Secret Agent Gals
Secret Agent Gals
by Richard Gid Powers
Renowned Hoover biographer turns a satiric eye.
Who are Secret Agent Gals, Hilla Rebay and Peggy Guggenheim? Just two beautiful real-life socialite art collectors, who later founded the Guggenheim Museum, but eventually answered the call of duty, joined the FBI, and who pretty much won World War II all by themselves. They won the war by stealing Hitler's and Stalin's mojos and used a secret weapon brewed in St. Louis. Also, they save J. Edgar Hoover and his handsome sidekick Clyde Tolson from treasonous agents and The Pigeon who wants to take over all the Post Toasties' Junior G-Men Clubs.
The Gals team up with many other characters, including Secret Agent X-9, Presidential Agent 103, James Bonds' father Jonquil "Junk" Bond, the Alabama Jamma of the Brooklyn Girls Roller Derby Team, the King and Queen of England and their Corgis, along with the FBI's bevy of beautiful Secret Agents to uncover a secret so awful, so terrible, it can't even be hinted at on the back cover of a book, for it is not suitable material for anyone who hasn't read Secret Agent Gals or at least bought it. This satire of the FBI's intelligence machine during World War II, believe it or not, is in part based on historical fact: Peggy Guggenheim and Baroness Von Rebay did render intelligence on the German machine that was so infatuated with... yes... art.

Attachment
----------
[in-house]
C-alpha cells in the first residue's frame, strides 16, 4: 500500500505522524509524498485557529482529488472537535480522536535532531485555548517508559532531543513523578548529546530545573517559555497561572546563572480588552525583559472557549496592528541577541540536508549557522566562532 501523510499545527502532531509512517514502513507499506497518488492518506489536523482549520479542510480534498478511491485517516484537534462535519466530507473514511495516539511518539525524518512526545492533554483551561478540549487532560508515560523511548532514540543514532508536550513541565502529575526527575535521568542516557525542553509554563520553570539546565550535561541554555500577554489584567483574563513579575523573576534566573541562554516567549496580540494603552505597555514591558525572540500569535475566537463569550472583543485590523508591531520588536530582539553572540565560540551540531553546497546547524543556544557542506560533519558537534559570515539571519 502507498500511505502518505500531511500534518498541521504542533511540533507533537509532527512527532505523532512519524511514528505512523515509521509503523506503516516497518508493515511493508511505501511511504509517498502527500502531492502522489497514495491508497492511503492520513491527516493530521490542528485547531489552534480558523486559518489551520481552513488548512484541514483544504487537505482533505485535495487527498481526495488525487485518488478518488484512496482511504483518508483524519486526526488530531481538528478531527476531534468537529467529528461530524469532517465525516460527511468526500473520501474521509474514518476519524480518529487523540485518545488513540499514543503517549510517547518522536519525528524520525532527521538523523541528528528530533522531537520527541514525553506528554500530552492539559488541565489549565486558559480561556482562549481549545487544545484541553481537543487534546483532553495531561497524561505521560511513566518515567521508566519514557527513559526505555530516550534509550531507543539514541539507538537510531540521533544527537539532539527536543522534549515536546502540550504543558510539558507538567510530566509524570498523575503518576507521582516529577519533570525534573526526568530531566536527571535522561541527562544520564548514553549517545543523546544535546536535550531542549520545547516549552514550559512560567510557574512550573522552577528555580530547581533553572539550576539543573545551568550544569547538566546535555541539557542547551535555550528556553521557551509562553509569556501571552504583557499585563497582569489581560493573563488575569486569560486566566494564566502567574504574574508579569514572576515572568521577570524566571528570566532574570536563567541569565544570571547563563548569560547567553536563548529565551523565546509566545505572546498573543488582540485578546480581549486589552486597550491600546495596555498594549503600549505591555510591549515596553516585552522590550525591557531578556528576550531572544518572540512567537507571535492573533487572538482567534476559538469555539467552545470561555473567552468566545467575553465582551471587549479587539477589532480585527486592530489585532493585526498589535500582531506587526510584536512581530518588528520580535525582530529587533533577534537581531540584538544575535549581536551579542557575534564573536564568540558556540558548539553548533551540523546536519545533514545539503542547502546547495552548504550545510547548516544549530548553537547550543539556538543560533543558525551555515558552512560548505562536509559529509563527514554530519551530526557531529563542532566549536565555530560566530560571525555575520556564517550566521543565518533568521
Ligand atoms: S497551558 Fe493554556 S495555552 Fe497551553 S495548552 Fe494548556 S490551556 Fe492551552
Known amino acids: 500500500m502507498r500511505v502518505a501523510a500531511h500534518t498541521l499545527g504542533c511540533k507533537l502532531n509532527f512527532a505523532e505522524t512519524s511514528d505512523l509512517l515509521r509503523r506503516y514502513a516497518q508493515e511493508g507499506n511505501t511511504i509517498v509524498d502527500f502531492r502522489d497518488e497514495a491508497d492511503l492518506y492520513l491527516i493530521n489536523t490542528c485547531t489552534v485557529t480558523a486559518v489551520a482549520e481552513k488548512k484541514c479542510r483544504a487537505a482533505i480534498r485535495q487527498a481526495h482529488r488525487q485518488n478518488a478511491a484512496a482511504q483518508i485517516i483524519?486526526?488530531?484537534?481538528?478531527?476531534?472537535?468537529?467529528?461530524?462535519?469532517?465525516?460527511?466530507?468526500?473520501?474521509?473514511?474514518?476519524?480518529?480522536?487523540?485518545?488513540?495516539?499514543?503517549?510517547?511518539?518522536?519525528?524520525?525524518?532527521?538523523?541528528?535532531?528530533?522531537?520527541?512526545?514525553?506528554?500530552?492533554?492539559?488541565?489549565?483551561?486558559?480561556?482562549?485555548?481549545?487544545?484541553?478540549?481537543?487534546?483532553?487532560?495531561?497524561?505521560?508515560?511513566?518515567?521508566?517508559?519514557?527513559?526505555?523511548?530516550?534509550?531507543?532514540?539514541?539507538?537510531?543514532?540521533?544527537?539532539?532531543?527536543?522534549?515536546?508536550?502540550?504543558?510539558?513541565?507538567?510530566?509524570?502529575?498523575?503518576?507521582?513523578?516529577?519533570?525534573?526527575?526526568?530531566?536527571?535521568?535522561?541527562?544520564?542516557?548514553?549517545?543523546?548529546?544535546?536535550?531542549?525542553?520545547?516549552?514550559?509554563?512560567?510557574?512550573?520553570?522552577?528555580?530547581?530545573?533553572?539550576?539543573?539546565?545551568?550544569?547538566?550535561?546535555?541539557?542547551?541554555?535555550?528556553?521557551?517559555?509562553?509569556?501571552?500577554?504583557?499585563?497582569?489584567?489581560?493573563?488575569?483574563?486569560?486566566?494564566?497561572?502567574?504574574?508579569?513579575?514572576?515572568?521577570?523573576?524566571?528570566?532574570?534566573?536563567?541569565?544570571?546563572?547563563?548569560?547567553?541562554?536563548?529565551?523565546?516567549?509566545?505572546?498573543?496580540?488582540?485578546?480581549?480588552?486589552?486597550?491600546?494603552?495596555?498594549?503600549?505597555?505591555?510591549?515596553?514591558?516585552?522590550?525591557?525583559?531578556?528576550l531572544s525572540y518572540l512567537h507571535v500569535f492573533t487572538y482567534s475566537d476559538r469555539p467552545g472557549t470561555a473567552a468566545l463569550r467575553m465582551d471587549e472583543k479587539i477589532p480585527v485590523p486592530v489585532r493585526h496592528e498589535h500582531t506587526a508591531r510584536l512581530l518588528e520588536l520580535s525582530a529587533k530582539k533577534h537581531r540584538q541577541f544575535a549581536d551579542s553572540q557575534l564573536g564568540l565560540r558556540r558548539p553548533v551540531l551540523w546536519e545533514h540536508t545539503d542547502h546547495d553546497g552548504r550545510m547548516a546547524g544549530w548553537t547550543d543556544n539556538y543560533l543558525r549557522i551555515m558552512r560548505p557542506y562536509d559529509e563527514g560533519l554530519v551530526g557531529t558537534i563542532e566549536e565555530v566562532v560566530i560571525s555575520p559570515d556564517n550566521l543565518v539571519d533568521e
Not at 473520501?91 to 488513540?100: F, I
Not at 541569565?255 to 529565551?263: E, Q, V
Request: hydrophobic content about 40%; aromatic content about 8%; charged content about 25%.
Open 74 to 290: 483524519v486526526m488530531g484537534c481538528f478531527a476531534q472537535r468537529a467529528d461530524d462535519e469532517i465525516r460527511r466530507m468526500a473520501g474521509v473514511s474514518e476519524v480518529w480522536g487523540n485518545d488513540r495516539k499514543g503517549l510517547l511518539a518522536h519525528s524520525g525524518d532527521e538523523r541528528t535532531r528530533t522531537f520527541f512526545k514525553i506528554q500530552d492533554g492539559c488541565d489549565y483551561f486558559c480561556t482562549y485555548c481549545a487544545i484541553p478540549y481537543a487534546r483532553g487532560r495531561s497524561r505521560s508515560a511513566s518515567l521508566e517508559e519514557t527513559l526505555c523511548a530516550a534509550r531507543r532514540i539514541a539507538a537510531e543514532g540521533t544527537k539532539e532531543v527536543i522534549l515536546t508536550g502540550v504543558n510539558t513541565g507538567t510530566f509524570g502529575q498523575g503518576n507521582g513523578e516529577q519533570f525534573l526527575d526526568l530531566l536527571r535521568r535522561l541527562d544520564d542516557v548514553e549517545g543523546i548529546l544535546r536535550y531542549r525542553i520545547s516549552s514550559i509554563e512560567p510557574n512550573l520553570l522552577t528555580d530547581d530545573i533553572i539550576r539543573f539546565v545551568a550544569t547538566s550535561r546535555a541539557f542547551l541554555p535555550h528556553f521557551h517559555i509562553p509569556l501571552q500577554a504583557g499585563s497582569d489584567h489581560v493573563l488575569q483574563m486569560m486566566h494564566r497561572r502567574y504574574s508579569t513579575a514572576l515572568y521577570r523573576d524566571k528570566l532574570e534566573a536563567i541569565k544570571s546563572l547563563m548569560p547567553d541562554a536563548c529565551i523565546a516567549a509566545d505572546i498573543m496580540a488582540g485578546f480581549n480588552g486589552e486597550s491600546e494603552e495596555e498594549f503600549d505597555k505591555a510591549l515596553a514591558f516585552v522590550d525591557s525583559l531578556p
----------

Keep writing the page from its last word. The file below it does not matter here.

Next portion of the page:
"Richard Gid Powers is one of our greatest scholars of FBI history. In Secret Agent Gals, he imagines what might have been."
—Yale's Beverly Gage, author of The G-man: J. Edgar Hoover and the Making of the American Century
"Wickedly funny. Who's to say gorgeous FBI gal agents couldn't have thwarted J. Edgar Hoover, Hitler, and Stalin to win WW II? Few writers could have cooked up a plot this unexpected plus a surprise ending you'd have to be as far outside-the-box as Powers to figure out. I wish you a wild ride on this crazy roller-coaster of a read!" —Cathy Cash Spellman, Author of Paint the Wind